Months later, the president used Pence to tell Zelensky that U.S. aid was still being withheld while demanding more aggressive action on corruption, officials said. At that time — following Trump’s July 25 phone call with Zelenksy — the Ukrainians probably understood action on corruption to include the investigation of former vice president Joe Biden and his son Hunter Biden.

I really doubt that Trump was thinking that if he got caught, impeached, and convicted, he’d make sure to take his veep with him, knowing that the next in line for the presidency would be the Speaker of the House, Nancy Pelosi, followed by the President Pro Tempore of the Senate, Charles Grassley, before it reverted back to the cabinet in order of the creation of the department.  Trump has no idea how that works; he probably thinks he can hand it off to Ivanka.  Involving the vice president wasn’t strategy or a part of the cover-up; it’s the way he does business.  He staffs the knucklehead and gritty work to minions and then takes credit for the outcome if it’s good and has a scapegoat if it blows up in his face, which this Ukraine mess is surely doing, with cheese.  That’s a part of the art of the deal.

Based on what we saw yesterday in the rant-fest of a press conference, Trump is ready to scorch the earth and leave no one behind to pick up the wounded or the bodies.

Monday, September 23, 2019

Lying And Dividing

Anyone who’s watched law and order TV shows, including the actual “Law & Order” series and their offspring (all over cable TV if you look beyond the paid programs for skin cream and boner pills) knows the drill: a suspect will first deny any knowledge of the alleged crime.  “I had nothing to do with it; it’s all bullshit.”  Then under questioning and faced with the evidence, the line will shift to “Well, maybe I did know something, but it wasn’t me.”  Then with more evidence, such as pictures or recordings, it becomes “Well, yeah, okay, but there was nothing wrong with it; it was just two people talking.  Can I see my lawyer now?”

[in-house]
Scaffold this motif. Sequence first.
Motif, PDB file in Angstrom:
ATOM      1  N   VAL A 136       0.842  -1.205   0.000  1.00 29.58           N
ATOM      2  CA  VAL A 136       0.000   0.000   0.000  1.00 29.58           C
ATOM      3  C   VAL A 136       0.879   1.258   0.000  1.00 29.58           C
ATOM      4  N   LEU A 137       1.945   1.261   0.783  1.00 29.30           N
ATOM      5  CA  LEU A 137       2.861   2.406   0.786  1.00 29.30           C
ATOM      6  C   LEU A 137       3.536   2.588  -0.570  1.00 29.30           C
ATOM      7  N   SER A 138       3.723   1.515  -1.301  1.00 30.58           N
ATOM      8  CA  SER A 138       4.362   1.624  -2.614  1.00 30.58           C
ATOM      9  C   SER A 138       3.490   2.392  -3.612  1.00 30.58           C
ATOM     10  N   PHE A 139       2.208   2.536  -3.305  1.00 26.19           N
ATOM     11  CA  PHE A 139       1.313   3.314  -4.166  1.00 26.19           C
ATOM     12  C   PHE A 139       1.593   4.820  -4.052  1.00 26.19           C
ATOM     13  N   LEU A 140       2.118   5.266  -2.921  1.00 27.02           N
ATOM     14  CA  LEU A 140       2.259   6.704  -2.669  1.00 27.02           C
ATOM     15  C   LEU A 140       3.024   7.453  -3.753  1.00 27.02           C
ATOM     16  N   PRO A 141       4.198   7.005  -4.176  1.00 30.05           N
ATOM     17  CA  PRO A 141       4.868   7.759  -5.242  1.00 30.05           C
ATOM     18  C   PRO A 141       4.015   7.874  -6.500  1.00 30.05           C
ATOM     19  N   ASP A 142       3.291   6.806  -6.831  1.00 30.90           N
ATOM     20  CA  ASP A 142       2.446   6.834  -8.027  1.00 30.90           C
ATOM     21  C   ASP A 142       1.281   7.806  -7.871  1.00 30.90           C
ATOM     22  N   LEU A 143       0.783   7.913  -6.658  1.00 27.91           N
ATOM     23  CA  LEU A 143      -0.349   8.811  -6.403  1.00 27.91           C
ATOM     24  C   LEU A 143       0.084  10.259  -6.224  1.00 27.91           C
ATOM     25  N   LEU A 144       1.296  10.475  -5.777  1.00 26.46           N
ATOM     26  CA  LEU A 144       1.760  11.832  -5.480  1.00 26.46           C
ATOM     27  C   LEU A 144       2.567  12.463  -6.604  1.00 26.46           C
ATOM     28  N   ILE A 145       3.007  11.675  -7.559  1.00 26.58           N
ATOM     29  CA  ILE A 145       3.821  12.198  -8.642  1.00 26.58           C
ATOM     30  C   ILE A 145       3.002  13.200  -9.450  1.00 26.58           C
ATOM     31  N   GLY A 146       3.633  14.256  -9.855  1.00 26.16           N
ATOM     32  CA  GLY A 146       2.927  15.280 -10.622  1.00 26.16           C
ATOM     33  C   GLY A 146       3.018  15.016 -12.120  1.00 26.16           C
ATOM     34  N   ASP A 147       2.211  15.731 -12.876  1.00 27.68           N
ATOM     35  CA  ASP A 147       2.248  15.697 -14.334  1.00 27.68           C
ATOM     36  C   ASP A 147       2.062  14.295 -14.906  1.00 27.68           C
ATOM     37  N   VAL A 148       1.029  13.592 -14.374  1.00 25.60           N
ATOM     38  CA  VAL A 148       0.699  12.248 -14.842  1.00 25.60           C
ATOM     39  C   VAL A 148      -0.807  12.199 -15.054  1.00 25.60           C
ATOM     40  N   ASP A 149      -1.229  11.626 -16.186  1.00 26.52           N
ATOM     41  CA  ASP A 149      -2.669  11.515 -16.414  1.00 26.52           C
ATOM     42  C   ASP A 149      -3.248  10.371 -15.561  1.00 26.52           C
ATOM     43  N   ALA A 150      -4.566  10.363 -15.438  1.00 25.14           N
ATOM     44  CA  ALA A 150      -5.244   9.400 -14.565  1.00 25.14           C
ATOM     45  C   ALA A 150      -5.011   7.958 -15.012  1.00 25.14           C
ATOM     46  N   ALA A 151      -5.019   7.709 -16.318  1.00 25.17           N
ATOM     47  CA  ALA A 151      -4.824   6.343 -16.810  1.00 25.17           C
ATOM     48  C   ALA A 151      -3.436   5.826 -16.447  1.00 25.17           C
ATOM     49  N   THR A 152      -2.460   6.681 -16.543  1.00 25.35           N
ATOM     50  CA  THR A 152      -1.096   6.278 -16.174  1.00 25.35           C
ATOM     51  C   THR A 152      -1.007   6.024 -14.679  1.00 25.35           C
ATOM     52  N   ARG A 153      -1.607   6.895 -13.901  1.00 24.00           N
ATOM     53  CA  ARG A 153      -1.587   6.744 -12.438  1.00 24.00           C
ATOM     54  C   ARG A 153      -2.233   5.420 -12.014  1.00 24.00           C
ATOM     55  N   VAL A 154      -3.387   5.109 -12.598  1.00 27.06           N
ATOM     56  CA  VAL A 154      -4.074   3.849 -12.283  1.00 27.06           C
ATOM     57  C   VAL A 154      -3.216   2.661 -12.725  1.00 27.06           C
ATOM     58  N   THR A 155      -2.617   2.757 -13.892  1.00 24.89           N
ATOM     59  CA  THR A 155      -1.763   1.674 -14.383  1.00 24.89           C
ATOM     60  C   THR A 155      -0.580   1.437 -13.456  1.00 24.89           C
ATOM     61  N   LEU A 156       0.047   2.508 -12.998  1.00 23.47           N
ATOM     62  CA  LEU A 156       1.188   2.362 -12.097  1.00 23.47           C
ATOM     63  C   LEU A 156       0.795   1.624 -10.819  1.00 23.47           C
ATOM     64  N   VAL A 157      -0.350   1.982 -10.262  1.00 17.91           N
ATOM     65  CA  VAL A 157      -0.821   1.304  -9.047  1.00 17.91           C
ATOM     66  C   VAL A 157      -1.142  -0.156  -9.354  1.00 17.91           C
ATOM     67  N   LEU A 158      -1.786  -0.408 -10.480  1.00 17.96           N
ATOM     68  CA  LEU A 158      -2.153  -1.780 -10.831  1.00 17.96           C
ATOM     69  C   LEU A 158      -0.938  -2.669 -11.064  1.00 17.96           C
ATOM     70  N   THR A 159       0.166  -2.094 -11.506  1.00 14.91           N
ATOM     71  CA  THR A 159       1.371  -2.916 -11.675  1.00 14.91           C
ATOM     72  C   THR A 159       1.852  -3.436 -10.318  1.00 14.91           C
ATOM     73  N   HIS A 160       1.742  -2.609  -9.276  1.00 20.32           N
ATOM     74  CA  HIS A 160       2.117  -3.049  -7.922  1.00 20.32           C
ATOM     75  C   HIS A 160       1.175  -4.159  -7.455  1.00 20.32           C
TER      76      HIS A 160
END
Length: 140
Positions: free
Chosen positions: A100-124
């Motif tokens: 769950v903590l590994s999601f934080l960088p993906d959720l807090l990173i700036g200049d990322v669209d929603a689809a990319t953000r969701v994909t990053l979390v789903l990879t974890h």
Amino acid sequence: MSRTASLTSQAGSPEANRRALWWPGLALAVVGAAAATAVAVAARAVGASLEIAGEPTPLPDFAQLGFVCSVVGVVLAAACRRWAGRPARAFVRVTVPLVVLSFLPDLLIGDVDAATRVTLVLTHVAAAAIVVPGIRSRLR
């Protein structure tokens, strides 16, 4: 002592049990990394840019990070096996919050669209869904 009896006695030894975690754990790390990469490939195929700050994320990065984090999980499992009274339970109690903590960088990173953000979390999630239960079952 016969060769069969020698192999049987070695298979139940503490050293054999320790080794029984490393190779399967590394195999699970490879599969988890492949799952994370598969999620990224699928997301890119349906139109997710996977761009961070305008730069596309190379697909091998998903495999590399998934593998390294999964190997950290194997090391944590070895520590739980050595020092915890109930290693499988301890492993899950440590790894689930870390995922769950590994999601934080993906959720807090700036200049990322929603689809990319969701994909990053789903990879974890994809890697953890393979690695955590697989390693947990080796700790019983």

I think we’re getting to that last part now with Trump and the whistle-blower and Ukraine.  He’s gone from claiming it never happened (“Fake News”) to admitting — boasting — that he did bring it up more than once in his phone call in July with the president of Ukraine.

“The conversation I had was largely congratulatory, was largely corruption, all of the corruption taking place, was largely the fact that we don’t want our people, like Vice President Biden and his son, creating to the corruption already in the Ukraine,” Trump told reporters Sunday morning. “And Ukraine, Ukraine’s got a lot of problems.”

And while Trump and his minions may try to cling to their stories as well as their Miranda rights, a large number of Republicans are making tracks.

Since Trump’s inauguration, a Washington Post analysis shows, nearly 40 percent of the 241 Republicans who were in office in January 2017 are gone or leaving because of election losses, retirements including former House speaker Paul D. Ryan (Wis.), and some, such as [Rep. Paul] Mitchell, who are simply quitting in disgust.

As the article in the Post notes, as they go, the party is remaking itself in the image of Trump.  That means that for every Republican that retires or quits, there’s a bench of MAGA-hat wearing xenophobic evangelical hypocrites and know-nothings who will rush in to fill the void, especially in blood-red districts where fear and loathing of Others runs rampant even as their businesses and crops go rotting thanks to Trump’s tariffs and immigration deportations continue.

That scenario may be making it easier for the Democrats to take control of the House by a wider margin than they have now, and take back the Senate.  But that’s more than a year away, and meanwhile, we have a White House that is being run like a bad spinoff of “The Sopranos.”  And our adversaries are watching it.

Thursday, September 12, 2019

The Art Of Ventriloquism

Ashley Parker and Philip Rucker look at what it takes to work as an adviser to Trump.